All the weaknesses that the Samsung RU8000 has, the Sony X900F is picking up and improving upon even though it technically is a 2018 model. While the RU8000 is not the best model for home cinema and streaming, the X900F boasts Full Array Local Dimming and overall very good specifications in order to deliver brilliant picture quality in Standard Dynamic Range – image/video with a conventional gamma curve (opposite: HDR) – “normal” videos and High Dynamic Range – image/video with more dynamic range (contrast range). To add insult to injury, the X900F is a very good gaming TV, as well. The RU8000 is slightly better, but with the X900F you get the whole package. It also does support Dynamic HDR-format with a color depth of up to 12 Bits and Mastering of up to 10,000 Nits and Dolby Atmos.
There is a slight drawback, though. While both TVs are in the price range, TVs under £1000, the 65 inch RU8000 costs about the same as the 55 inch X900F. It is up to you to decide whether you want a more expansive feature set or a larger screen.
The Best TVs under £1000 compared
Good features for gaming include low input lag, low motion blur and sufficient frame rate.
The viewing angle is the angle at which the screen can be viewed without the colors being washed out and the brightness diminishing.
A classic bright environment would be a well lit living room with many windows. Good televisions should be able to deliver good pictures in a bright room.
In dark rooms, televisions should also be able to display content correctly. This requires good black levels so that black content does not appear dark grey in complete darkness.
To bring the cinema experience home to you, a good television set should be able to reproduce images and sound equivalent to modern cinemas.
Anyone who likes to watch high-resolution content such as Blu-rays or 4K streaming needs a TV with wide gamut and good top brightness. This is the only way to display films and series with a high contrast image.
Every Smart TV has a number of Smart features that are designed to make operation easier. In addition to apps such as Netflix or Amazon Prime Video, these include voice control via Amazon Alexa and Google Assistant as well as Apple AirPlay 2.
The number of connections to ensure flexibility for the technical periphery pay for the equipment.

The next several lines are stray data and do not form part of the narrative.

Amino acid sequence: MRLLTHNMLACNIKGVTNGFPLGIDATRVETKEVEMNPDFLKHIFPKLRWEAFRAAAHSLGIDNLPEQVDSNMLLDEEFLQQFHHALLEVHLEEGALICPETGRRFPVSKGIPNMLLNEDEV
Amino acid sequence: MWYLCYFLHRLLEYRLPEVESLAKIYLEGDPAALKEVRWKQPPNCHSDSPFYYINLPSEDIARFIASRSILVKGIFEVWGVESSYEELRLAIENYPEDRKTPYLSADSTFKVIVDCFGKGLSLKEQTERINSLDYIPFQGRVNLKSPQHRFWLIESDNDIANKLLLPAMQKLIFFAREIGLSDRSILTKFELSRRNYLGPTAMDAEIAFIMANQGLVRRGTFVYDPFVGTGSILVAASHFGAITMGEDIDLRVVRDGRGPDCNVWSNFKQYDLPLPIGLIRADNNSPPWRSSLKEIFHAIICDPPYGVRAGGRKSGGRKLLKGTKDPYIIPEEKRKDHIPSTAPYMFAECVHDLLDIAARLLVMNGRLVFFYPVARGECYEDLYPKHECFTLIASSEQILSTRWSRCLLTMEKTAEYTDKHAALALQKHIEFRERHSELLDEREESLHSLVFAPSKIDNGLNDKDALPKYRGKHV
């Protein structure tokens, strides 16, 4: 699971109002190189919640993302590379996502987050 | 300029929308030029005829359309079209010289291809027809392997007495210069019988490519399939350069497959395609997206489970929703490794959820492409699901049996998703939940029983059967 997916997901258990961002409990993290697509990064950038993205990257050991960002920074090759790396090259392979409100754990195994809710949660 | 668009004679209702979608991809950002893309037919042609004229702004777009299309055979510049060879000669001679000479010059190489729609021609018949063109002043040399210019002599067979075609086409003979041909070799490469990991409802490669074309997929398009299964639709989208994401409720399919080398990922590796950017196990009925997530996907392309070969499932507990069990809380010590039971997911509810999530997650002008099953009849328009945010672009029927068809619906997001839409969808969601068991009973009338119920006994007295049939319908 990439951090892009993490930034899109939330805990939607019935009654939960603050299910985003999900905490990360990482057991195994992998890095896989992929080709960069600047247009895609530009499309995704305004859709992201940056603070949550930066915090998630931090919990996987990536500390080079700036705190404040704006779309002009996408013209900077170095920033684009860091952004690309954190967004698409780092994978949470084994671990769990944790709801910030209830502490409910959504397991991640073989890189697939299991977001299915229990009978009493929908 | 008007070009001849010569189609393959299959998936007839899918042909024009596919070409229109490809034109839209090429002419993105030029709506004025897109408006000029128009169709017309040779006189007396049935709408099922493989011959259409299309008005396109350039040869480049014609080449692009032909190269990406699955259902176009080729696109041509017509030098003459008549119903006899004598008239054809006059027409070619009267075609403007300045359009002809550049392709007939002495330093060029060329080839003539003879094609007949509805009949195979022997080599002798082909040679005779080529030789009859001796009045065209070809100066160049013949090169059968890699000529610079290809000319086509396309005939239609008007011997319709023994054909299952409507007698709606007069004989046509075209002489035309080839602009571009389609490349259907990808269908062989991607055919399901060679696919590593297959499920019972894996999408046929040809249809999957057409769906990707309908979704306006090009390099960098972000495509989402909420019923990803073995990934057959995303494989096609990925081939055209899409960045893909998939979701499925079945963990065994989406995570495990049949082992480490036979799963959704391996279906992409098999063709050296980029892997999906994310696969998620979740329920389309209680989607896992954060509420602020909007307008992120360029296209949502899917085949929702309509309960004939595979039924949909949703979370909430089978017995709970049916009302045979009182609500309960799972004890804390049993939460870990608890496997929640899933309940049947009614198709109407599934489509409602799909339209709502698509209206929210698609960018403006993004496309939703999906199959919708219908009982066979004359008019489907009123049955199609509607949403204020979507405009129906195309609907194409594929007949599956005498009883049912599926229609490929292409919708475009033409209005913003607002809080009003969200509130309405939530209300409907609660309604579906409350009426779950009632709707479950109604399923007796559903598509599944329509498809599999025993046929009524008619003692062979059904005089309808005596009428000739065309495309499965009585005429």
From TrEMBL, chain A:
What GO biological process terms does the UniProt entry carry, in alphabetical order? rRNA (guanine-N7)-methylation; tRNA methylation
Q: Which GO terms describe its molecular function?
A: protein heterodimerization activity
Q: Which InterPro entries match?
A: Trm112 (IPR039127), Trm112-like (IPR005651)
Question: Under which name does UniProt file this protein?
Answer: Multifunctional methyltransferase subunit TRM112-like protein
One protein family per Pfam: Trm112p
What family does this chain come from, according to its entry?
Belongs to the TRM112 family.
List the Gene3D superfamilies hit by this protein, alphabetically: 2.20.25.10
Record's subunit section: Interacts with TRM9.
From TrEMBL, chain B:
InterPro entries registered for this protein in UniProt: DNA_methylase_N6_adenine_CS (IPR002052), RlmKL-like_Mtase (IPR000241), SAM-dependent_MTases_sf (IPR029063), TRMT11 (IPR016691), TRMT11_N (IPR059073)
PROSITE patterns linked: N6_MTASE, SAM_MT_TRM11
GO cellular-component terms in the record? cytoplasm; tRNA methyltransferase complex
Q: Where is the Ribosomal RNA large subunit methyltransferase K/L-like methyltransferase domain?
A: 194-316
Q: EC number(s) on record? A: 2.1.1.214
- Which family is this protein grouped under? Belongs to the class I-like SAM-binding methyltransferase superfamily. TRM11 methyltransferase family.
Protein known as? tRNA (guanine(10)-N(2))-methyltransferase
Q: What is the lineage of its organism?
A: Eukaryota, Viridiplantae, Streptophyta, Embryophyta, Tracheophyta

| Available sizes|
The compared TV under £1000 are available in following screen sizes
What makes the best 4K TV under £1000?
These were our recommendations for 4K TVs under £1000. They all boast impressive Smart TV features like voice command capabilities with Google Assistant and Amazon Alexa or streaming and mirroring through Apple AirPlay 2. Their screen technologies are all fundamentally different, though. The B87 is unimpeachable when it comes to black value, contrast ratio, viewing angle and displaying of High Dynamic Range – image/video with more dynamic range (contrast range) content. OLED technology has it’s undisputable benefits that are only held back by performance in bright rooms. Gaming, movies, HDR content, and streaming are all a breeze here.
The RU8000 is a strong contestant when it comes to competitive gaming. Variable Refresh Rate – synchronizes the display’s refresh rate with the output refresh rate of the graphics card, ALLM and a jaw-droppingly low input lag are all great features that should impress every gamer. It has its weaknesses though, too; Its peak brightness is not exactly stunning and other TVs can display HDR content much better – Such as the Sony X900F. You get an expanded feature set here, but that comes at a price. The screen size under £1000 is 10 inches smaller, which makes a significant difference. On the other hand, movies, HDR content and video games all look great here.
All three TVs still have one considerable downside: their sound. Flat screens can not physically produce a good enough sound that matches their picture due to their build structure. Consequently, their sound should be improved by using a dedicated HiFi system or an external soundbar.